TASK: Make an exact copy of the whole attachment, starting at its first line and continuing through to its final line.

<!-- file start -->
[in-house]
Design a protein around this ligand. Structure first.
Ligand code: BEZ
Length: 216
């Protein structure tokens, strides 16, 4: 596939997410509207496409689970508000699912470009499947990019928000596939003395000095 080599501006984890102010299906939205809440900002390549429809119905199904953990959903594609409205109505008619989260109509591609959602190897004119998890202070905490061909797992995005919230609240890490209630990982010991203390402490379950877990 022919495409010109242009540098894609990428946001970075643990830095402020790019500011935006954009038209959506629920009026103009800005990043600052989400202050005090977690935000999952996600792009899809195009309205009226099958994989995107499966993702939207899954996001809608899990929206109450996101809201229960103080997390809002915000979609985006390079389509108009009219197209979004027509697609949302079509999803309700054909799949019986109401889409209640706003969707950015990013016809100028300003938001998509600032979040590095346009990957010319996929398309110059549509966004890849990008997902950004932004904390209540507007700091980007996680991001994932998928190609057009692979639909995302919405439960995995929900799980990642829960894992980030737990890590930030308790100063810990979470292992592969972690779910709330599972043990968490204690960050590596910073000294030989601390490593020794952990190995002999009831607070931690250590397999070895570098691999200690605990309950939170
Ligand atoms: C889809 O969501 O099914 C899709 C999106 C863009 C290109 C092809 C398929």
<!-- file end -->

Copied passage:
[in-house]
Design a protein around this ligand. Structure first.
Ligand code: BEZ
Length: 216
């Protein structure tokens, strides 16, 4: 596939997410509207496409689970508000699912470009499947990019928000596939003395000095 080599501006984890102010299906939205809440900002390549429809119905199904953990959903594609409205109505008619989260109509591609959602190897004119998890202070905490061909797992995005919230609240890490209630990982010991203390402490379950877990 022919495409010109242009540098894609990428946001970075643990830095402020790019500011935006954009038209959506629920009026103009800005990043600052989400202050005090977690935000999952996600792009899809195009309205009226099958994989995107499966993702939207899954996001809608899990929206109450996101809201229960103080997390809002915000979609985006390079389509108009009219197209979004027509697609949302079509999803309700054909799949019986109401889409209640706003969707950015990013016809100028300003938001998509600032979040590095346009990957010319996929398309110059549509966004890849990008997902950004932004904390209540507007700091980007996680991001994932998928190609057009692979639909995302919405439960995995929900799980990642829960894992980030737990890590930030308790100063810990979470292992592969972690779910709330599972043990968490204690960050590596910073000294030989601390490593020794952990190995002999009831607070931690250590397999070895570098691999200690605990309950939170
Ligand atoms: C889809 O969501 O099914 C899709 C999106 C863009 C290109 C092809 C398929």